Obviously, there's a small risk involved with any financing, but I urge you to look at financing options if GEAR is the only thing holding you back! Companies I've personally used in the past are Synchrony & Affirm.

#3 - Credit cards are required for many necessities on TOUR.

One of the obstacles we've run into before when planning a tour was that no one in the band had a Credit Card with funds available. They were cash-based primarily and had plenty of it, but they didn't have a credit line left anywhere. On tour, this was a nightmare because we couldn't RENT A CAR or GET A HOTEL ROOM.

Many young artists don't realize that if a car rental for tour is going to cost you $300 for the duration that you need an additional holding fee of $250-$500 depending on your credit score as collateral. Beyond that, hotels require a Credit Card on file for incidentals and it's very rare that they'll even allow you to stay without.

Now, you may be saying "We'll just sleep in the van!" And though I agree that should be the majority of your lodging on tour if you're on a budget, a warm shower, some hot tub time, and a comfy bed might be a necessary morale boost for you and the team. It's saved my tours in the past, giving us a chance to reset after a long journey. 

Please note that the credit cards used for hotels and car rentals will need to be someone on site with at least 2 forms of ID that match the card perfectly. This means that your manager, teammate, friends, investors, etc won't be able to make the purchase from another location. Stay independent and have a credit card ready with at least $500 available before your tour.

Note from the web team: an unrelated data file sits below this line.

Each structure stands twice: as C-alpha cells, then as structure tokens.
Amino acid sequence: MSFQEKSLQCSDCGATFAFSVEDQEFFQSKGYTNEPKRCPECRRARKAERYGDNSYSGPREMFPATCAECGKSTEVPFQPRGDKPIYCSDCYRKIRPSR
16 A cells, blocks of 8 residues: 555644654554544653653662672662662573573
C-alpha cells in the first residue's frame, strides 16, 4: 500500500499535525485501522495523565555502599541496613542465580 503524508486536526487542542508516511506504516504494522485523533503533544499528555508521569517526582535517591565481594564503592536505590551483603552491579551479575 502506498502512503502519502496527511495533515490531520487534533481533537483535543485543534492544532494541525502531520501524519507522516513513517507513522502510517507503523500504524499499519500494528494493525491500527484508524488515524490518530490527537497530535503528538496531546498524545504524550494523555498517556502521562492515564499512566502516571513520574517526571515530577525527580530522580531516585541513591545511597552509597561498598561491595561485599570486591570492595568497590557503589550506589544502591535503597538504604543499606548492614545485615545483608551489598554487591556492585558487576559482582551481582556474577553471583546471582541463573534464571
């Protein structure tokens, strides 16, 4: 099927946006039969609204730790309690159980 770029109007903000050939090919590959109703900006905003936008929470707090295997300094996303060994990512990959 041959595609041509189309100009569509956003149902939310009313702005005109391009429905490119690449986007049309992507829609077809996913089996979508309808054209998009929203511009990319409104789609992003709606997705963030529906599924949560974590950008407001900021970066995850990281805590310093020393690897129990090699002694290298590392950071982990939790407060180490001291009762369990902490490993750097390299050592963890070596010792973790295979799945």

#4 - Credit cards are NOT all created equal.

Though we're talking about the amazing ways you can use credit cards to build your career and enhance your tour, please note that not all credit cards are the same. Research your Credit Cards heavilyi focusing on the following three categories:

a) Annual FeesThis is typically a recurring % based fee simply for having access to the card. If you use your card very rarely, this fee alone may make the option less affordable and sustainable than simply paying cash. The same goes with checking accounts. Just remember, nothing in life is FREE no matter how good their marketing convinces you.